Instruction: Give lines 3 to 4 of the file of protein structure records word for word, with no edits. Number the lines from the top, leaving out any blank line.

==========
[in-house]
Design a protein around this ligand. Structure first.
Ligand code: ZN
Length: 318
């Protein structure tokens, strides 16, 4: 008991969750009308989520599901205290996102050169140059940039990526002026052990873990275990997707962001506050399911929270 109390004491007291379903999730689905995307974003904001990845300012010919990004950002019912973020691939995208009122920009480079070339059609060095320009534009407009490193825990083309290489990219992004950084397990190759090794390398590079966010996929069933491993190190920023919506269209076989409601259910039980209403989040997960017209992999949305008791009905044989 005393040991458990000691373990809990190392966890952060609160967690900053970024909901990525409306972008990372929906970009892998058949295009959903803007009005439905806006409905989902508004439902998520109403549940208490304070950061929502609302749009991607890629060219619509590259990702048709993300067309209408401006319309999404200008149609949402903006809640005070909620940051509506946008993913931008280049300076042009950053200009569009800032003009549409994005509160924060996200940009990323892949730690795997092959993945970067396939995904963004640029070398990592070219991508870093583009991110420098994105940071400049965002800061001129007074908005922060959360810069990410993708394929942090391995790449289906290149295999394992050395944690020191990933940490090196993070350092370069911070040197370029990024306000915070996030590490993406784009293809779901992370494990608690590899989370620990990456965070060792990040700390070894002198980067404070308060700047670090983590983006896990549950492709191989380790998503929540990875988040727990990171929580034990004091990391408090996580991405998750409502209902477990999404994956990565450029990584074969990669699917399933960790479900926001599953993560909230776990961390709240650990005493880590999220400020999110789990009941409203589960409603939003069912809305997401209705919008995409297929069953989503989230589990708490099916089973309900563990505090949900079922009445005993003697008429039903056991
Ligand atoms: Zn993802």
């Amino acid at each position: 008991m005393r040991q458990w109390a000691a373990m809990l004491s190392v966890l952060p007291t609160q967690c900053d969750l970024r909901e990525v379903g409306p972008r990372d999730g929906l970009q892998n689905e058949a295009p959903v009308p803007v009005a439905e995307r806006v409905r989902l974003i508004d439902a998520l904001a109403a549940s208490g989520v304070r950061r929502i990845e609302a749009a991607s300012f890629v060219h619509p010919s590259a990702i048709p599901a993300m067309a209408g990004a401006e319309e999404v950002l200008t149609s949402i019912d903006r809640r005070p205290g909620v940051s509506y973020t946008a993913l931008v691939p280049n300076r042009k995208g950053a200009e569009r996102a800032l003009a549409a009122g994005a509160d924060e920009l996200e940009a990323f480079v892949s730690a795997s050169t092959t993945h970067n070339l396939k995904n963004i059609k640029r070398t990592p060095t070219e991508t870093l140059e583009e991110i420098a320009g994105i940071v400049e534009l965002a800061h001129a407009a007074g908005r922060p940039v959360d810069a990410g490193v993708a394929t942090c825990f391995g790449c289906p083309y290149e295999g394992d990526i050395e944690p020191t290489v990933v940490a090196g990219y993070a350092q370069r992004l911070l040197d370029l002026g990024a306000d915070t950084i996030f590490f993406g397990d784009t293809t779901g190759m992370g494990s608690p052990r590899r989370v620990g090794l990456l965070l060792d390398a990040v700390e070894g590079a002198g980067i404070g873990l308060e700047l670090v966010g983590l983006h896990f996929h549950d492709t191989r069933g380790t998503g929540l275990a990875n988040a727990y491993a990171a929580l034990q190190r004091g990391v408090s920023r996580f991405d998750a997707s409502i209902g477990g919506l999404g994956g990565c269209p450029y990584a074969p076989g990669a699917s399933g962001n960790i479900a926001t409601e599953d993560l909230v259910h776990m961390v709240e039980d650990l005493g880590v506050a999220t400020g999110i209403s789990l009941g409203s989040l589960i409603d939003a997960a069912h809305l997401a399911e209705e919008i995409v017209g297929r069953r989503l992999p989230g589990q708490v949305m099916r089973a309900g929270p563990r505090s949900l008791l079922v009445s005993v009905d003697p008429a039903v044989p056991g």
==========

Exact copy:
Ligand code: ZN
Length: 318